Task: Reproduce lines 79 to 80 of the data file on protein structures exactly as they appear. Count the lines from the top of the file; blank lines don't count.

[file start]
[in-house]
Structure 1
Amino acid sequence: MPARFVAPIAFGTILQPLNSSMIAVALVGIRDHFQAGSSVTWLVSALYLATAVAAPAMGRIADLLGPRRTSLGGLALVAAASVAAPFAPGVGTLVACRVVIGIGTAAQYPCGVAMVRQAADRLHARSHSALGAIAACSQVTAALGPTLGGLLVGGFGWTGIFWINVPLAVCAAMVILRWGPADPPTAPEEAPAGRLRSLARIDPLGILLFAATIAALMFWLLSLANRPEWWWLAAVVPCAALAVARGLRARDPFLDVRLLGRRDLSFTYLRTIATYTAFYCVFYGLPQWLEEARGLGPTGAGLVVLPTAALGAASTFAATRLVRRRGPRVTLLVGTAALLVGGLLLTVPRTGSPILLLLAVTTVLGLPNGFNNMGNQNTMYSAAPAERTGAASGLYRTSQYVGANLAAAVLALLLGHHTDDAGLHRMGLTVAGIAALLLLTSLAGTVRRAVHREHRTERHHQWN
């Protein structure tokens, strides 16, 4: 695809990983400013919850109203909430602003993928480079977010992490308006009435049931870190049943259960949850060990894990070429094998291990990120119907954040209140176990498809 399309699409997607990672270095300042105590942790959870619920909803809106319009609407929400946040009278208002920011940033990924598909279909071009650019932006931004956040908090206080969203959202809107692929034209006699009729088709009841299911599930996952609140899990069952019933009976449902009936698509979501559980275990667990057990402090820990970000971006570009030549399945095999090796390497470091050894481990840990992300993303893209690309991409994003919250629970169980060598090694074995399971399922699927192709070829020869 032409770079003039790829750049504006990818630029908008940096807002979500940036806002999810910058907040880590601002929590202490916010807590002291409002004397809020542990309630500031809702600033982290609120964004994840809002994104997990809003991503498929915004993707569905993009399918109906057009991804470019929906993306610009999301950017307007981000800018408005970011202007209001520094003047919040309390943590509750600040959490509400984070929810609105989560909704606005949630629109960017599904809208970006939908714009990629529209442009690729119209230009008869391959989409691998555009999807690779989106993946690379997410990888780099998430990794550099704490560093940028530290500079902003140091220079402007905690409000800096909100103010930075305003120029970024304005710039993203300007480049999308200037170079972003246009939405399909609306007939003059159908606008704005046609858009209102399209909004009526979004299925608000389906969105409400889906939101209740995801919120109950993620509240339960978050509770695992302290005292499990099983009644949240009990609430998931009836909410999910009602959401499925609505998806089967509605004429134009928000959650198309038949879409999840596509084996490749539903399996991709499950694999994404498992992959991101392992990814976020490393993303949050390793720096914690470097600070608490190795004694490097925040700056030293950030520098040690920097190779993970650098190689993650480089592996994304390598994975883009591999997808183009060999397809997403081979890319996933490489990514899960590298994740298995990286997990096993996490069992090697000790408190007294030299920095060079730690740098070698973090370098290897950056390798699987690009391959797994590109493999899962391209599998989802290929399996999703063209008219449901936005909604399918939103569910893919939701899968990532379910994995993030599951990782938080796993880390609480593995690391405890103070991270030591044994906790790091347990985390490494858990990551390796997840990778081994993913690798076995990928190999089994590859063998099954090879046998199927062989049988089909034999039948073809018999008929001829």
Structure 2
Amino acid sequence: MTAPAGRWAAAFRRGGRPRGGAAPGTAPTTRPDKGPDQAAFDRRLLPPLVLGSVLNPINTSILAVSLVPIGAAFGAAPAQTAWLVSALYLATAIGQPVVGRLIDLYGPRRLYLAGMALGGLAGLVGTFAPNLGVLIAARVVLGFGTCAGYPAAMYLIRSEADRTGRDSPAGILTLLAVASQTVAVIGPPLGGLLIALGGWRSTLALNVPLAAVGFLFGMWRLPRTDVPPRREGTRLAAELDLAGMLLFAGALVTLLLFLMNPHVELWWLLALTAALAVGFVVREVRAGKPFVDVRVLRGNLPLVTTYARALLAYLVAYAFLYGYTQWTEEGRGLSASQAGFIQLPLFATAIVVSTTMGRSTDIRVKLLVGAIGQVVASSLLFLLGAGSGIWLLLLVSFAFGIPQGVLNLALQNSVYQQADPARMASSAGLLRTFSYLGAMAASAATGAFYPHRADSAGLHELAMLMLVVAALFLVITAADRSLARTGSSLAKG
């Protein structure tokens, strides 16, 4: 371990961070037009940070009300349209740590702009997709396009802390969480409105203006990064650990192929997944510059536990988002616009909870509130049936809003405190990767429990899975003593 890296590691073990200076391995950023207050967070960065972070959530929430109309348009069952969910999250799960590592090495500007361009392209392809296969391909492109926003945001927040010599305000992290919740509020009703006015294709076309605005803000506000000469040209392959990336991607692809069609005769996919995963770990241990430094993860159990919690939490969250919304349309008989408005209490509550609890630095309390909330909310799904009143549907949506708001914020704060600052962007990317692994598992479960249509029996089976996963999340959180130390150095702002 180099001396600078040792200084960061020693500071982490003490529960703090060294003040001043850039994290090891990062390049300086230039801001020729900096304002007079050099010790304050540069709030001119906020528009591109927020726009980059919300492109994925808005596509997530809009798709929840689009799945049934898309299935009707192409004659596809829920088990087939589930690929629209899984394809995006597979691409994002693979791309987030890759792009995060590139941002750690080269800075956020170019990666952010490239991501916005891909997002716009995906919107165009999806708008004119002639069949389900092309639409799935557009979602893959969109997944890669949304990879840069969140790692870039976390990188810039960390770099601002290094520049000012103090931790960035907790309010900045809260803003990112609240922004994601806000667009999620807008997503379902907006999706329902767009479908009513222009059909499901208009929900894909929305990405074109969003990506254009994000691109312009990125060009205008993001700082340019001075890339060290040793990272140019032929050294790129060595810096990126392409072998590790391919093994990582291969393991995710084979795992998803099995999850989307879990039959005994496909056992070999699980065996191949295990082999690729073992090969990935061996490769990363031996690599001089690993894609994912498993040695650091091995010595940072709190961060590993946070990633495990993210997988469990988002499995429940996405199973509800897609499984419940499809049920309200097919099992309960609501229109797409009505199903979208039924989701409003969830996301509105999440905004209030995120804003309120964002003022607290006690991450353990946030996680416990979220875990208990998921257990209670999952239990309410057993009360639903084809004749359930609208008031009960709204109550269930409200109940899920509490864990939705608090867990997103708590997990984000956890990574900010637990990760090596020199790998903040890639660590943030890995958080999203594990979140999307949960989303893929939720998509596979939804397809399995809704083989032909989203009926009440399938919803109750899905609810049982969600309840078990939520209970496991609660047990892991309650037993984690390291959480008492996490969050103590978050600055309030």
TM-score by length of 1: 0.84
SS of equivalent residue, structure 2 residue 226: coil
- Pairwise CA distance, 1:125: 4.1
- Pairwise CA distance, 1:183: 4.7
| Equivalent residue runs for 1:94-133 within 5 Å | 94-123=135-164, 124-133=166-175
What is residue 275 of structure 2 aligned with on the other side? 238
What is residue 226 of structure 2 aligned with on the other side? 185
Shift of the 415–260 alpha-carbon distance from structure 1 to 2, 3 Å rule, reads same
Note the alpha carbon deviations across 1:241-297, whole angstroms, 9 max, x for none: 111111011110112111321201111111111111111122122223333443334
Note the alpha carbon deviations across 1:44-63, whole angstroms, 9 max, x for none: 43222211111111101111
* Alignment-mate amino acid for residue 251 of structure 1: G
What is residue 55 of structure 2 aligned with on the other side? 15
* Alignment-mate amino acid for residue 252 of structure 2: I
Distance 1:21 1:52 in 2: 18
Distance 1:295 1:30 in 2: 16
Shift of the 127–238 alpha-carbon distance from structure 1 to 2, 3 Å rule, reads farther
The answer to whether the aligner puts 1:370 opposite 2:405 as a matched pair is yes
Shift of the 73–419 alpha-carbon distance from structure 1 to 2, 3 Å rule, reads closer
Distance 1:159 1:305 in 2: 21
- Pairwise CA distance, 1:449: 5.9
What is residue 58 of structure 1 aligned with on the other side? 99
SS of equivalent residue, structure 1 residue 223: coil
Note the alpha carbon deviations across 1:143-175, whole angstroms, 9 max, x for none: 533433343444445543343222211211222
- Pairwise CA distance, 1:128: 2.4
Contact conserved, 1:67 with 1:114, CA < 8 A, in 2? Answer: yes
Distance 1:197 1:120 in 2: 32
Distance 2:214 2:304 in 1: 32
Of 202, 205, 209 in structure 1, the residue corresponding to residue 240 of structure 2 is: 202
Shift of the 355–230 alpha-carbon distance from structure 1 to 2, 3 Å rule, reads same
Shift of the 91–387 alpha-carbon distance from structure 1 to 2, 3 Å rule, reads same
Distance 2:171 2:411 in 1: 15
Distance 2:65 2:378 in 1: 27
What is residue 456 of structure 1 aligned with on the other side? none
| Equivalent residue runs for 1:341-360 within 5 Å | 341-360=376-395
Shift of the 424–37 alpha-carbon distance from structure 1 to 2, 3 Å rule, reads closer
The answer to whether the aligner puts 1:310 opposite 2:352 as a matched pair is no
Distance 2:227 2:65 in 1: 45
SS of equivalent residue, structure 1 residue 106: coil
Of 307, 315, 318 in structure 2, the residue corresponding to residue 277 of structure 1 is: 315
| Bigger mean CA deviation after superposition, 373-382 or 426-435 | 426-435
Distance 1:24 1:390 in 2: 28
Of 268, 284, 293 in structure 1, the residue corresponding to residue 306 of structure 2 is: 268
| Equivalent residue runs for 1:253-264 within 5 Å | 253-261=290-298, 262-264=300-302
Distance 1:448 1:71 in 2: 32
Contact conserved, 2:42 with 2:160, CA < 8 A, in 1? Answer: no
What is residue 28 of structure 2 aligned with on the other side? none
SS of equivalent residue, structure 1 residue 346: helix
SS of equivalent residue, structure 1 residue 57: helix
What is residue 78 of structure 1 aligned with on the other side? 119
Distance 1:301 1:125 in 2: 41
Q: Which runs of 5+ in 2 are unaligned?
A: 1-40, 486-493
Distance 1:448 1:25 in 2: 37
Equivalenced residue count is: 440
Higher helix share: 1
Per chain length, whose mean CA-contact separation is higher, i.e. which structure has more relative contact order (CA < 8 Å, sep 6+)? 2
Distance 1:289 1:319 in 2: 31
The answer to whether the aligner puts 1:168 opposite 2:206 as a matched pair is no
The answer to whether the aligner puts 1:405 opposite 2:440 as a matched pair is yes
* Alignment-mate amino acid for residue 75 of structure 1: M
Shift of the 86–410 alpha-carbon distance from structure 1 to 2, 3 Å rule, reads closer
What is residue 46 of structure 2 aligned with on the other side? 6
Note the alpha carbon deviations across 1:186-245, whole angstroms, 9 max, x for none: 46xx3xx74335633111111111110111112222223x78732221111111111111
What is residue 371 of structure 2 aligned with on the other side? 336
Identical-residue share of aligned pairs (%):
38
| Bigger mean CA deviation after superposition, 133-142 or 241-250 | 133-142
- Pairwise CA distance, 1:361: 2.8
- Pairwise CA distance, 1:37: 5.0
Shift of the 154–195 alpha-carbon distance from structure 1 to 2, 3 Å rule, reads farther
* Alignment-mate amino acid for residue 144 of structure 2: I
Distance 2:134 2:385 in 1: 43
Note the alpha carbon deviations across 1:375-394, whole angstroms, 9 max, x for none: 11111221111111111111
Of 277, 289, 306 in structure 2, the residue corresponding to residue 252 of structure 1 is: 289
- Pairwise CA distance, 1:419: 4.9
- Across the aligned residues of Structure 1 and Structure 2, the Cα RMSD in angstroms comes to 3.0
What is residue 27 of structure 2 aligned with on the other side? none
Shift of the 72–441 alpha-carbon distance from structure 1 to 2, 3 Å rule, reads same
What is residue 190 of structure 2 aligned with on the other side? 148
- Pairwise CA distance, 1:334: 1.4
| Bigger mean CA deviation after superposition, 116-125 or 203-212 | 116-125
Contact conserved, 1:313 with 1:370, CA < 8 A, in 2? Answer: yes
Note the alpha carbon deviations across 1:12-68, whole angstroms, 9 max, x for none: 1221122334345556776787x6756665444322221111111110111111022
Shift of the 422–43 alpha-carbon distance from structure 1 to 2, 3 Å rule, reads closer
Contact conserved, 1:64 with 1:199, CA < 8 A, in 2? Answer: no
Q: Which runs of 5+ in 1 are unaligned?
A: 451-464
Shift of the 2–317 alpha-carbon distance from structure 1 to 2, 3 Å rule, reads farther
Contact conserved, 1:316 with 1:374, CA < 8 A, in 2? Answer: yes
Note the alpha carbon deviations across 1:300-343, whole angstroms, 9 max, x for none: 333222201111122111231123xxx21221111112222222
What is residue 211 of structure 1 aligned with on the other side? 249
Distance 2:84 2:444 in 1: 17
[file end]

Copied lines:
Distance 2:134 2:385 in 1: 43
Note the alpha carbon deviations across 1:375-394, whole angstroms, 9 max, x for none: 11111221111111111111